This Beatles Rock and Roll History page is dedicated to providing the site visitor with quality Elvis Presley biography information, the Beatles life story, music downloads and movie videos as well as pictures and articles about rock and roll famous musicians and movie stars for your entertainment. The contents of this Elvis Presley biography site is written by a fan for his fans. The Beatles Rock and Roll History
Elvis finally met the Beatles in 1965; the Beatles had their own security as did Elvis, the news of the Beatles meeting with Elvis was out, and the fans from both sides lined the street.
The local policemen were out in force, among the crowd covering the neighborhood to try and control such a large number of fans.
At one stage the fans came close to breaking down the gates.
Both Colonel Parker and Beatles manager, Brian Epstein, were present for the meeting, as were some of the family members of the guys in the group.
Elvis was looking forward to getting to know the Beatles, as people, in a comfortable and down to earth manner, with that in mind Elvis lead the way to an area of the den more suitable.
Elvis and the Beatles all sat on the sofa, Elvis in the middle with the Beatles either side of him, but for an uncomfortable stretch of time they just sat there staring without a word spoken, then Elvis finally broke the silence in the room, by telling the Beatles if they were just going to sit there all night staring at him, he was going to bed.
Elvis then mentioned how he thought they might just sit and talk and maybe even sing and play a little, the Beatles come to life and a great evening was enjoyed, with gathering around the piano with guitars singing a few songs.
Before the Beatles went to the United States, they had told their manager the only person they want to meet was Elvis Presley.
Elvis greatly admired the Beatles, he loved their singing style and their ability to put out great pop songs, and although the Beatles were competition, Elvis felt a genuine kinship with the group, he highly respected each of the Beatles individually.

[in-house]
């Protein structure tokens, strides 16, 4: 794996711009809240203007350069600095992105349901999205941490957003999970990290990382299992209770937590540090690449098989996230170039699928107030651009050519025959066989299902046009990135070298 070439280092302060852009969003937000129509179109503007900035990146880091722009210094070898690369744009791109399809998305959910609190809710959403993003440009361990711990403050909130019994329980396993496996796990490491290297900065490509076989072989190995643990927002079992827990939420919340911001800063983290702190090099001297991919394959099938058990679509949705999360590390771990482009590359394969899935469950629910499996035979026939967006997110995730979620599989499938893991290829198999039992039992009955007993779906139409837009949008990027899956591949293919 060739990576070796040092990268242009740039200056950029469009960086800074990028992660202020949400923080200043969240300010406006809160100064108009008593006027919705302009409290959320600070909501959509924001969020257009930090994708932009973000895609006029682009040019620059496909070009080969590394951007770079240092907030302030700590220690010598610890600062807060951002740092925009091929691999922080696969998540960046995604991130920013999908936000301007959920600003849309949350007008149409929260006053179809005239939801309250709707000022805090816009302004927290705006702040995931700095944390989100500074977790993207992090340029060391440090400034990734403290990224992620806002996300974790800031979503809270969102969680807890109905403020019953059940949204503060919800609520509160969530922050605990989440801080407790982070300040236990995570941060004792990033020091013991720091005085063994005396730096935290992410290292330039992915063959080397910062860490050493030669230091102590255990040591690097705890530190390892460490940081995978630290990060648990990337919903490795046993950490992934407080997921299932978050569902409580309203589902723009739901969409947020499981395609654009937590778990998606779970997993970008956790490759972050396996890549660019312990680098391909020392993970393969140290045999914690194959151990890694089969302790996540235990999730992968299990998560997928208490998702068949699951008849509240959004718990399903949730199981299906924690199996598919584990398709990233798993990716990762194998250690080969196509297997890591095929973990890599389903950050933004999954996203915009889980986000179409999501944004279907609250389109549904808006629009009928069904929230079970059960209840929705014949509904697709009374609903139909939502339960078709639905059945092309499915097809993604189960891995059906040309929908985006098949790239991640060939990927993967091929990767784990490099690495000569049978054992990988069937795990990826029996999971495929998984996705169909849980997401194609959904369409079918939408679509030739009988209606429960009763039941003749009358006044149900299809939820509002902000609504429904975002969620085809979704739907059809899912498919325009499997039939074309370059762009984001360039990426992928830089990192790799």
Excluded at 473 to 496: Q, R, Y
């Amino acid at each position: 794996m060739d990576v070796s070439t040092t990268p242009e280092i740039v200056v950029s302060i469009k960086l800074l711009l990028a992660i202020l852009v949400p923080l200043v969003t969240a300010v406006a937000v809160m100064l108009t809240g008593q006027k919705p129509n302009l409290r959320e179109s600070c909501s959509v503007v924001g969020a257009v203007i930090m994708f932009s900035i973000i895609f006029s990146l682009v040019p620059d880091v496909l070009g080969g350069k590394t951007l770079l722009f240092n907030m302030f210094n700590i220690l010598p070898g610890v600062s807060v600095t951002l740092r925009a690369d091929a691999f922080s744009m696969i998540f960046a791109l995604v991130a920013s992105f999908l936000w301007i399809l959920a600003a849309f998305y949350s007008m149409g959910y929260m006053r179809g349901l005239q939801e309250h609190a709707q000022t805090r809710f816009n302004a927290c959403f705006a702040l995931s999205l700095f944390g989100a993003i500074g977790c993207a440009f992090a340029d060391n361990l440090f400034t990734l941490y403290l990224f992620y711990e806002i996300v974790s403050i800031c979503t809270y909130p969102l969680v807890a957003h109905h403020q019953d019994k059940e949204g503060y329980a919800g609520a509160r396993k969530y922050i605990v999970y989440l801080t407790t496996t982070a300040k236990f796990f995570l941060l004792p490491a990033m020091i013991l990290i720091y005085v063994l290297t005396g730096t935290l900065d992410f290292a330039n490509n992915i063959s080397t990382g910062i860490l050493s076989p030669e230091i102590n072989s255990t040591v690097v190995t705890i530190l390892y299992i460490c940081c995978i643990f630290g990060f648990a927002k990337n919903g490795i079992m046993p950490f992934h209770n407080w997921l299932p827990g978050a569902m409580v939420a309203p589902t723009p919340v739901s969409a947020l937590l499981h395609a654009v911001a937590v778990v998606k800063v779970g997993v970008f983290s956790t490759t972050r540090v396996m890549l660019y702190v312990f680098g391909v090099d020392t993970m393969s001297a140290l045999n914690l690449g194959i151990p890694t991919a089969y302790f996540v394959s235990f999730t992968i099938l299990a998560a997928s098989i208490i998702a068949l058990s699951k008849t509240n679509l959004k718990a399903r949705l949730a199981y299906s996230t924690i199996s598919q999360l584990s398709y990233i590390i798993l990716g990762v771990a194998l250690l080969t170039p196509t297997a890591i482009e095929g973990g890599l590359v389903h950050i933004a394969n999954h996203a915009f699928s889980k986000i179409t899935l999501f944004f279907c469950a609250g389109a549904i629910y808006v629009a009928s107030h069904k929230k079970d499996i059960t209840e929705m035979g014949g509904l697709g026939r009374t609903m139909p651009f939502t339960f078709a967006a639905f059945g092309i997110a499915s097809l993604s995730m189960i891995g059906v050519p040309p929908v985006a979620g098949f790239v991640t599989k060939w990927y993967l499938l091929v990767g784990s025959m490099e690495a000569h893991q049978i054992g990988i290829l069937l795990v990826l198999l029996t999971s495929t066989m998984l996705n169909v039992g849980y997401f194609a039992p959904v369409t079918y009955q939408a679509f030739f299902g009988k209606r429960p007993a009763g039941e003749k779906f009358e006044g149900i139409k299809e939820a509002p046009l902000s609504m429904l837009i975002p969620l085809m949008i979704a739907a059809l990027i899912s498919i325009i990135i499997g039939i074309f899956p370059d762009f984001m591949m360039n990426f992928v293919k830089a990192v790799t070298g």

Beatles Publishing Rights.
In 1963, the Beatles gave their publishing rights to Northern Songs, a company created by Brian Epstein, and a music publisher, Dick James.
Northern Songs went public in 1965, and Lennon and McCartney each held 15% of the company's shares, while Dick James and the company's chairman, Charles Silver, held a controlling 37.5% of shares.
In 1969, James and Silver sold Northern Songs and its assets to a British TV company named Associated Television Corporation (ATV).
In 1985, ATV's music catalogue was sold, and Michael Jackson was the highest bidder beating Paul McCartney with a reported $47 million for the publishing rights to approximately 159 to 260 Beatles songs.
A decade later, Jackson and Sony merged their music publishing businesses. Since 1995, Jackson and Sony/ATV Music Publishing have jointly owned most of the Beatles songs.
While the Jackson-Sony collection includes practically all of the Beatles' greatest hits, they do not own the rights to every song.
Paul McCartney bought the rights to "Love Me Do," "Please, Please Me," "P.S. I Love You," and "Ask Me Why" as Northern Songs never owned these early tunes and they were not included in the ATV deal.
Sony reports that Jackson used his half of the Beatles' catalogue as collateral for a loan from the music company.
However, the estates of Lennon and McCartney still receive royalties as the singers and song writers.
George Harrison created his own company, 'Harrisongs', which own the rights to his classics such as 'While My Guitar Gently Weeps' and 'Something'.
∙ Ringo Starr, Paul and Linda McCartney, and George Harrison all guest starred on The Simpsons although not at the same time.
∙ This makes The Simpsons the only non-variety show to feature all the surviving Beatles.
∙ George Harrison cooperated with Eric Idle and Neil Innes in authoring and filming (for television) the fictitious story of the Rutles, a "Rutlandbeat" group affectionately satirising the Beatles.
∙ Innes proved able to parody particular Beatles songs with lyrics and titles (e.g. "Ouch!") only marginally less believable than those of the Fab Four.
∙ beatles-discography.com (various pages). Retrieved Dec. 15, 2004.
∙ Braun, Michael (1964), Love Me Do: The Beatles' Progress. London: Penguin Books, 1995 [Reprint]. ISBN 0140022783.
∙ Carr, Roy & Tyler, Tony (1975). The Beatles: An Illustrated Record. Harmony Books. ISBN 0517520451.
∙ Davies, Hunter (1985). The Beatles (Second Revised Edition). McGraw-Hill. ISBN 0070155267.
∙ Goldsmith, Martin (2004). The Beatles Come To America. Turning Points. ISBN 0471469645.
∙ Lewisohn, Mark (1990). EMI's the Complete Beatles Recording Sessions: The Official Story of the Abbey Road Years. Hamlyn. ISBN 0681031891.
∙ MacDonald, Ian (1995). Revolution In The Head: The Beatles' Records and the Sixties. Vintage. ISBN 0712666974.
∙ Norman, Philip (1997). Shout: The Beatles in Their Generation. MJF Books. ISBN 1567310877.
∙ Schaffner, Nicholas (1977). The Beatles Forever. Cameron House. ISBN 0811702251.